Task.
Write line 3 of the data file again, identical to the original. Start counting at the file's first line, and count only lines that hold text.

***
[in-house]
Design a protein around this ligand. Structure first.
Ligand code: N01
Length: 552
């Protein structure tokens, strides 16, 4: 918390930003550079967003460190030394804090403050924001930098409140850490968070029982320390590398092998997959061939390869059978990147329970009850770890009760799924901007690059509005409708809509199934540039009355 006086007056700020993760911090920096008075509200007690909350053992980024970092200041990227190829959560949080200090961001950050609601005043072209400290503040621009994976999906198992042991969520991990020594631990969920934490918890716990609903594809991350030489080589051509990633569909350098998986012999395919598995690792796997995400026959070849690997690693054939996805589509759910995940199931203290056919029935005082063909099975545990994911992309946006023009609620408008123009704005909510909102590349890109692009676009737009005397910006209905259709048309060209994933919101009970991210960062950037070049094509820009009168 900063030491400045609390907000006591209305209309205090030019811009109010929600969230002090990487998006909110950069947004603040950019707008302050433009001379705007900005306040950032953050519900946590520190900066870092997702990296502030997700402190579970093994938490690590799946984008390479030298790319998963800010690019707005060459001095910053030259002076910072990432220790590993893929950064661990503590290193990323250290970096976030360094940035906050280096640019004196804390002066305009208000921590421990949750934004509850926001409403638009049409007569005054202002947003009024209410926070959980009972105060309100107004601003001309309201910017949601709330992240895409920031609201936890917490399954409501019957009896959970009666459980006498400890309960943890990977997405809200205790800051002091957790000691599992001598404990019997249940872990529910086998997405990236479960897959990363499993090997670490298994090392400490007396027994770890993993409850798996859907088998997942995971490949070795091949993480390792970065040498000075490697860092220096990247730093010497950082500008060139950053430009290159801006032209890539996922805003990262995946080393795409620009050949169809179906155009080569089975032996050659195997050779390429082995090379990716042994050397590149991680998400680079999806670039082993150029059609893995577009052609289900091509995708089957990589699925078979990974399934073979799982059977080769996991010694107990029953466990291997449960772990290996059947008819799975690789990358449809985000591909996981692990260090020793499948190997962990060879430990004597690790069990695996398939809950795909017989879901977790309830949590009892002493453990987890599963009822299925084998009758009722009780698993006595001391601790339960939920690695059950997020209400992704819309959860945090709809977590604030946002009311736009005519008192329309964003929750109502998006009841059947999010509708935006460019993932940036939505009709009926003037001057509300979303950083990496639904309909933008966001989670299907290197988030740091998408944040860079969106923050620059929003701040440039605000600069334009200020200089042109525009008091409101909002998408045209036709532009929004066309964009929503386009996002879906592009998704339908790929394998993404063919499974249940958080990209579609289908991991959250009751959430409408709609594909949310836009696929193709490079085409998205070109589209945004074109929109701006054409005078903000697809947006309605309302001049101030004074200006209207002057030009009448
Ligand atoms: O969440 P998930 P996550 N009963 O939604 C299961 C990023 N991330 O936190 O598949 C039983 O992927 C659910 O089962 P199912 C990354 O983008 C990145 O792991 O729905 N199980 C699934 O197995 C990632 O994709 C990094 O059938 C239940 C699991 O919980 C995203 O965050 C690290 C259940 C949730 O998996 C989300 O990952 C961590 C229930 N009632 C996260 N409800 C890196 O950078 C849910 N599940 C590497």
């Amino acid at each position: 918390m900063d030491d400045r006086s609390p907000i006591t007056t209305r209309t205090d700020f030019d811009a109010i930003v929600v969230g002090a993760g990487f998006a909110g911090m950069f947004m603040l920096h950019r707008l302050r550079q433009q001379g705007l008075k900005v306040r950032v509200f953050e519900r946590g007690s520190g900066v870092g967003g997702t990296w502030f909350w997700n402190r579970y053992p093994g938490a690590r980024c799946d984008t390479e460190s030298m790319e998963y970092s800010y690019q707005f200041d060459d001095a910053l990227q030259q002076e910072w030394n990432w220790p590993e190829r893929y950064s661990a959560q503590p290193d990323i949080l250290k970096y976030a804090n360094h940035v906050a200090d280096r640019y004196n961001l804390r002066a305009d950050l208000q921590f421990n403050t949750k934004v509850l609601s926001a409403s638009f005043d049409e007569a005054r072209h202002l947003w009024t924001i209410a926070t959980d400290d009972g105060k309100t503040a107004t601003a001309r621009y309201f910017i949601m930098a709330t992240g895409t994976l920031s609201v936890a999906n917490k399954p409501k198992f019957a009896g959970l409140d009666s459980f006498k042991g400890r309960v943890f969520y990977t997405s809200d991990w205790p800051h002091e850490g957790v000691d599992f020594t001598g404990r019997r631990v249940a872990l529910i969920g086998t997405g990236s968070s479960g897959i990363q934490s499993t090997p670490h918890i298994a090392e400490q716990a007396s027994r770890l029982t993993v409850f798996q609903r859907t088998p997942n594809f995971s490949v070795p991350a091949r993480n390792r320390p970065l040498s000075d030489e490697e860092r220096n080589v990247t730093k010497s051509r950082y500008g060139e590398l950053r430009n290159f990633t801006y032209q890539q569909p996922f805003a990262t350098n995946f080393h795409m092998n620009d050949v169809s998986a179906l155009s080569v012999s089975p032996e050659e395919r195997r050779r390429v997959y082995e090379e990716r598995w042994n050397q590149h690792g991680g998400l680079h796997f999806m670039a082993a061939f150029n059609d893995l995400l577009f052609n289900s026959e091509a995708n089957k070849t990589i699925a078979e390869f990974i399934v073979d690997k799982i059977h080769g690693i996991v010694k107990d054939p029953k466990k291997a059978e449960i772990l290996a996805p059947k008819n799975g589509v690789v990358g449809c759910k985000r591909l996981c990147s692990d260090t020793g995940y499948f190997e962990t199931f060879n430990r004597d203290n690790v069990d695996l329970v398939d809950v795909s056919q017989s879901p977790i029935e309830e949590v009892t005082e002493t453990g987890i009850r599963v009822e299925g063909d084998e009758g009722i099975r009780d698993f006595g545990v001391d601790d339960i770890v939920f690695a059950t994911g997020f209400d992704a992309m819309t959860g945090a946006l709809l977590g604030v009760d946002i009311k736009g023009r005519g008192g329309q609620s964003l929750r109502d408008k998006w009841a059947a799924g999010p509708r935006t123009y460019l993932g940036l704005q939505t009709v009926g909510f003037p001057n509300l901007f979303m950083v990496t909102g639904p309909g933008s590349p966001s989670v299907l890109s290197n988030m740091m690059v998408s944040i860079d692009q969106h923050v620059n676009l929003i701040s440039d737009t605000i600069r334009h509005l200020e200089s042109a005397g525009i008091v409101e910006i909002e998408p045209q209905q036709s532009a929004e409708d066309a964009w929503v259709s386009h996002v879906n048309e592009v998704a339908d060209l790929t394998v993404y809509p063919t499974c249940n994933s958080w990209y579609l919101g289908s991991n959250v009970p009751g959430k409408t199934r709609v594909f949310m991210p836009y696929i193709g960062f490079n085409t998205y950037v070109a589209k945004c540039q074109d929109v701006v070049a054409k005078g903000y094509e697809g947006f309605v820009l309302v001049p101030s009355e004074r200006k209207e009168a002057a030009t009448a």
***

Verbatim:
Ligand code: N01